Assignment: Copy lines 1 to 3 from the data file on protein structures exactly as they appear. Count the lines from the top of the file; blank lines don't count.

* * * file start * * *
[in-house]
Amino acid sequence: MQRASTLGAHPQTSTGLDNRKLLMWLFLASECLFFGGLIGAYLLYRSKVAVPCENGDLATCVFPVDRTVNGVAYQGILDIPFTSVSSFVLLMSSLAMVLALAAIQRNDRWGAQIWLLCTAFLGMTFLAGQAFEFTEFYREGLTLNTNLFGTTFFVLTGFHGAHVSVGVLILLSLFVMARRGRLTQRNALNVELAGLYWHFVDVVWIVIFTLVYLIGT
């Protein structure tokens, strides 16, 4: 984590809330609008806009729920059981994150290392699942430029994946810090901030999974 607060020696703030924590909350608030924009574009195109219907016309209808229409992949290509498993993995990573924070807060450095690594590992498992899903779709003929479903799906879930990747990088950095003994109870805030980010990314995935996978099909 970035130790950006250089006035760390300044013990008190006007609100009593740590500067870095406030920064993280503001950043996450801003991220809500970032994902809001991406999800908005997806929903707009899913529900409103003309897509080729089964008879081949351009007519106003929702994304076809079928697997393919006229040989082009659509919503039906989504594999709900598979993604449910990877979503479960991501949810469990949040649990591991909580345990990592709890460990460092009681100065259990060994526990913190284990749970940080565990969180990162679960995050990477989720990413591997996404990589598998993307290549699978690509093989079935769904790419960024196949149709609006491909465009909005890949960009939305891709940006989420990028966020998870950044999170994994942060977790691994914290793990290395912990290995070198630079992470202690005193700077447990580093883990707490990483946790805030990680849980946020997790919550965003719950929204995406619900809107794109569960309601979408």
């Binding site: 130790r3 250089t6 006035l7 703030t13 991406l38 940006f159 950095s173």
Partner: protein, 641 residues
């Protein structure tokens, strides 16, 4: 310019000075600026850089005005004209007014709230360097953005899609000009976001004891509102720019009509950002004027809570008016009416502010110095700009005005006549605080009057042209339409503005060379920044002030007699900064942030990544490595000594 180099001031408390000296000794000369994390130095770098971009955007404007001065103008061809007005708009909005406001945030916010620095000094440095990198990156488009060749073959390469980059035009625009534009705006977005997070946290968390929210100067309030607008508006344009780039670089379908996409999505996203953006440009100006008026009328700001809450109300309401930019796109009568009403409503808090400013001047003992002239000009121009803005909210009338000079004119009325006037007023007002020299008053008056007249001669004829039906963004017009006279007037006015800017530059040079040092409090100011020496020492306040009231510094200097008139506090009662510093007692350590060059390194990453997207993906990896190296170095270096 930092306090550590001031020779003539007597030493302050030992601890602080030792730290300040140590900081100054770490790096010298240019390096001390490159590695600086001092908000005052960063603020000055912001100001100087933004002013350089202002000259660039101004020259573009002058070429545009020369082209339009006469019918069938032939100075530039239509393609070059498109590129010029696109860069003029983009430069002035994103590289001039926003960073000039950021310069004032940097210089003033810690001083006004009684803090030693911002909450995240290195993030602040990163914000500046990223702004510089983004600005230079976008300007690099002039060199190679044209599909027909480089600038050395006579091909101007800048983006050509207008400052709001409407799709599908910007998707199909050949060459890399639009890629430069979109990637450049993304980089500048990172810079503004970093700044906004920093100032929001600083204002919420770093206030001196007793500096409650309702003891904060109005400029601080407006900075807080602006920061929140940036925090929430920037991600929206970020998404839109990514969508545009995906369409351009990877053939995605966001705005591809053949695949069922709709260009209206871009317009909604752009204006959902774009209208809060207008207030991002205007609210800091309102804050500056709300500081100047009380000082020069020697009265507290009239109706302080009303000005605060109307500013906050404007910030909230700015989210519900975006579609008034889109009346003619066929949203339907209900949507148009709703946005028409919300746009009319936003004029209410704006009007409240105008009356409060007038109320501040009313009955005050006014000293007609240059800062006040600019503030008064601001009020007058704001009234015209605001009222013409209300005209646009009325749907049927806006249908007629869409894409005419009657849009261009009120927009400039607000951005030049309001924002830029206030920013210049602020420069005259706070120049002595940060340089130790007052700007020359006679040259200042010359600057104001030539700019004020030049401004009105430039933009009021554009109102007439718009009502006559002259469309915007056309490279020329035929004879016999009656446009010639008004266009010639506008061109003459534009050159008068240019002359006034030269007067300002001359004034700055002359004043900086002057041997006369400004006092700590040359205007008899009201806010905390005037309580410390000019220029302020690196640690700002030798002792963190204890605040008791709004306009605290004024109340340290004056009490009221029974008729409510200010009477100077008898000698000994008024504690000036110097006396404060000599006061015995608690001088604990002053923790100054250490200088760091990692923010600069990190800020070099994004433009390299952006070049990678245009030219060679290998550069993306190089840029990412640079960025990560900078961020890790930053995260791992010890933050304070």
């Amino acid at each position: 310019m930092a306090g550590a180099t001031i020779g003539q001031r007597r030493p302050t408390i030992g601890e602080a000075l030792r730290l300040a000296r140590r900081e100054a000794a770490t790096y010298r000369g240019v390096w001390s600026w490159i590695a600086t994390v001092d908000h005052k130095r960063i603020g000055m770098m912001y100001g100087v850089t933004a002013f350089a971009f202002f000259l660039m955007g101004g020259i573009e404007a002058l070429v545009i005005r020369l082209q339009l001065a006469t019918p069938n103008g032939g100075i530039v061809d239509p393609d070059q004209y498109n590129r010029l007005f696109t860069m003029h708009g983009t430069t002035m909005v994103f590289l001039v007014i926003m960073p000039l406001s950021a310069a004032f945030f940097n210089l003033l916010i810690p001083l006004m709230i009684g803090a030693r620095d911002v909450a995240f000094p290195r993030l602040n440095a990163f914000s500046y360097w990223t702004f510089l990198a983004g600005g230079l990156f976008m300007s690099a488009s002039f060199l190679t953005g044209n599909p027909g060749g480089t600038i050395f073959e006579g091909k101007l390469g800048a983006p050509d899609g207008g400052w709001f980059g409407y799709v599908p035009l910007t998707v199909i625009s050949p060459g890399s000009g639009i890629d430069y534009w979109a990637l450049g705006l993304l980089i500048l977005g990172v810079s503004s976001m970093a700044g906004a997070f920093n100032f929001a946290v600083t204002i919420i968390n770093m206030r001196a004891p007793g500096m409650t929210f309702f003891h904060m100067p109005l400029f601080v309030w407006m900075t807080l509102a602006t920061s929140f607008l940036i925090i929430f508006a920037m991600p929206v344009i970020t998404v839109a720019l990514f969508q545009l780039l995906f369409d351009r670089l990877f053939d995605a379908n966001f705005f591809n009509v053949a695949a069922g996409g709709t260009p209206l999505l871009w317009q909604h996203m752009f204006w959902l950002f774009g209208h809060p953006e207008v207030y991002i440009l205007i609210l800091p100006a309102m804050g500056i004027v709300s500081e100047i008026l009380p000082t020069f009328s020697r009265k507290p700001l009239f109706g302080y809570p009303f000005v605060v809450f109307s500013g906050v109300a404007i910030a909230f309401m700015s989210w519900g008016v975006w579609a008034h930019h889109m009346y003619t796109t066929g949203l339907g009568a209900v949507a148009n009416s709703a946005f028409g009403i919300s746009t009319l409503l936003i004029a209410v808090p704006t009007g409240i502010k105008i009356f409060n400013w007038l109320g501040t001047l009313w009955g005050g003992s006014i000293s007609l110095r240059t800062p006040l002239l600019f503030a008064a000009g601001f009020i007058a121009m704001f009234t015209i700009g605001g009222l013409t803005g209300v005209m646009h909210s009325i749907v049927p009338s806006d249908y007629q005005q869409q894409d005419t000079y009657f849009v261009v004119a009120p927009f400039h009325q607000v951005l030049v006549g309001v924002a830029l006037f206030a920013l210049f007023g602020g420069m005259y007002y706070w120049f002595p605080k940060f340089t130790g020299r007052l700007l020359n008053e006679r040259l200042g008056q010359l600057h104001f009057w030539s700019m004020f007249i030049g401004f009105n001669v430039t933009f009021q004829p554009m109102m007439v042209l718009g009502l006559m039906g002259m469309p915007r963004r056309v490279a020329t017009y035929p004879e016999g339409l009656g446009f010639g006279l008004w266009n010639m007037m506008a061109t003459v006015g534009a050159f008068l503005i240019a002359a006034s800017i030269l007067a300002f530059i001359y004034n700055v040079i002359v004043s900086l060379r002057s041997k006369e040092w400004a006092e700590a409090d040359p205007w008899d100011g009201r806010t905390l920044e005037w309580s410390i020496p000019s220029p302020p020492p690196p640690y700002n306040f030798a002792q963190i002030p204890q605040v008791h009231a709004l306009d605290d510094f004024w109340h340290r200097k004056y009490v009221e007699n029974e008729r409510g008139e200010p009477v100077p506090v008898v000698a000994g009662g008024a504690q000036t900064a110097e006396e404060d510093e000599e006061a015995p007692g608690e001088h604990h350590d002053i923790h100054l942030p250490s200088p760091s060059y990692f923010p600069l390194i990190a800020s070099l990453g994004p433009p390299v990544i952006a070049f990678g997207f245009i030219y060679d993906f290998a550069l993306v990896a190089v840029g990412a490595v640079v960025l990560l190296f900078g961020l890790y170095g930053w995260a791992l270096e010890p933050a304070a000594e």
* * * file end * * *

[in-house]
Amino acid sequence: MQRASTLGAHPQTSTGLDNRKLLMWLFLASECLFFGGLIGAYLLYRSKVAVPCENGDLATCVFPVDRTVNGVAYQGILDIPFTSVSSFVLLMSSLAMVLALAAIQRNDRWGAQIWLLCTAFLGMTFLAGQAFEFTEFYREGLTLNTNLFGTTFFVLTGFHGAHVSVGVLILLSLFVMARRGRLTQRNALNVELAGLYWHFVDVVWIVIFTLVYLIGT
């Protein structure tokens, strides 16, 4: 984590809330609008806009729920059981994150290392699942430029994946810090901030999974 607060020696703030924590909350608030924009574009195109219907016309209808229409992949290509498993993995990573924070807060450095690594590992498992899903779709003929479903799906879930990747990088950095003994109870805030980010990314995935996978099909 970035130790950006250089006035760390300044013990008190006007609100009593740590500067870095406030920064993280503001950043996450801003991220809500970032994902809001991406999800908005997806929903707009899913529900409103003309897509080729089964008879081949351009007519106003929702994304076809079928697997393919006229040989082009659509919503039906989504594999709900598979993604449910990877979503479960991501949810469990949040649990591991909580345990990592709890460990460092009681100065259990060994526990913190284990749970940080565990969180990162679960995050990477989720990413591997996404990589598998993307290549699978690509093989079935769904790419960024196949149709609006491909465009909005890949960009939305891709940006989420990028966020998870950044999170994994942060977790691994914290793990290395912990290995070198630079992470202690005193700077447990580093883990707490990483946790805030990680849980946020997790919550965003719950929204995406619900809107794109569960309601979408």